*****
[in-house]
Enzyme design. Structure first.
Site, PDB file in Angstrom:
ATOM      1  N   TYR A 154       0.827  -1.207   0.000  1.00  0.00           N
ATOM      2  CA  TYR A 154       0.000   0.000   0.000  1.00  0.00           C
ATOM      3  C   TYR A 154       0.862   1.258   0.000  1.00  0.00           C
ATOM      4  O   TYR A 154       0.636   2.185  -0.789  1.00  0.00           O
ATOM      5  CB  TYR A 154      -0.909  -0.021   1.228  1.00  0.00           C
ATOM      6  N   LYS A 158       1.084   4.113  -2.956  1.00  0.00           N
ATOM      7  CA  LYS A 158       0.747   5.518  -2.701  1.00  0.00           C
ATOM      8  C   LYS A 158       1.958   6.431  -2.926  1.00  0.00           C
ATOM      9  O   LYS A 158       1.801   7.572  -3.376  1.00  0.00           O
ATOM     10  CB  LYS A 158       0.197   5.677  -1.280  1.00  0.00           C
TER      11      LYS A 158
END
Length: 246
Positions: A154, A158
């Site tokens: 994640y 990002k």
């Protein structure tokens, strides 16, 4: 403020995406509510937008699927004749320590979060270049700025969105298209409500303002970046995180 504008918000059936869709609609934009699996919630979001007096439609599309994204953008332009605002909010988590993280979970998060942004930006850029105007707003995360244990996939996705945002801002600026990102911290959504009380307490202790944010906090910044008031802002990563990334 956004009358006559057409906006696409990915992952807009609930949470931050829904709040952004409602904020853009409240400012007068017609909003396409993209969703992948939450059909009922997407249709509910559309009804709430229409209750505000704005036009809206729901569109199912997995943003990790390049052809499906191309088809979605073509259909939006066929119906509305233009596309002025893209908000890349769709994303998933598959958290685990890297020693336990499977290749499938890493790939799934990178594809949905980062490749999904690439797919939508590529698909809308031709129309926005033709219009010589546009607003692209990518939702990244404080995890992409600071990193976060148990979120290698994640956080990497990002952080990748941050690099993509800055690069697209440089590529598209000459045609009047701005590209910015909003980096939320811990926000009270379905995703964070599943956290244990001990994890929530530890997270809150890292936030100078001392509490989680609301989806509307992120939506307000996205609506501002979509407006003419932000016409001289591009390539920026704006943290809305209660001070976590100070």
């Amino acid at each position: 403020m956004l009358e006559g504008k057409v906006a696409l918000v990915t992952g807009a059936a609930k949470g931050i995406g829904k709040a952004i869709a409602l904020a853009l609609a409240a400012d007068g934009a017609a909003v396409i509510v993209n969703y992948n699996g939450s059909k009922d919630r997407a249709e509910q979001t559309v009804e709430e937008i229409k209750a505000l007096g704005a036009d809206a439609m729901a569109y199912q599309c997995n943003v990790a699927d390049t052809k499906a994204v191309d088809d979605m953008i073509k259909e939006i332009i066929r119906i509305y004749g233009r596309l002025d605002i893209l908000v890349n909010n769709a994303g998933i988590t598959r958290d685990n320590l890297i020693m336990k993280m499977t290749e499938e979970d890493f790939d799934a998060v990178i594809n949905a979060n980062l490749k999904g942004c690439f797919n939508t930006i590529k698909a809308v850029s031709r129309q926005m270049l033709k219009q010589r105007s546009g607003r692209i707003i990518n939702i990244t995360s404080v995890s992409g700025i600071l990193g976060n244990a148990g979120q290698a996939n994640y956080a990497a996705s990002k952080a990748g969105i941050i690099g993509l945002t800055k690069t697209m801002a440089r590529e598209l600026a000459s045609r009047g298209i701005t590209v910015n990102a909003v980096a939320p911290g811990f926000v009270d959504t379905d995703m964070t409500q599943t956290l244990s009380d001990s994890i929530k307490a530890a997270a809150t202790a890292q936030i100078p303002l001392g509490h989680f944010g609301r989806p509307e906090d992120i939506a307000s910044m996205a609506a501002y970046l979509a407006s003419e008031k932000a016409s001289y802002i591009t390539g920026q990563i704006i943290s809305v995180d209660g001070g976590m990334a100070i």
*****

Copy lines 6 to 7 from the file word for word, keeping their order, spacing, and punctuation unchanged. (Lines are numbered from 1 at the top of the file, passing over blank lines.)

ATOM      3  C   TYR A 154       0.862   1.258   0.000  1.00  0.00           C
ATOM      4  O   TYR A 154       0.636   2.185  -0.789  1.00  0.00           O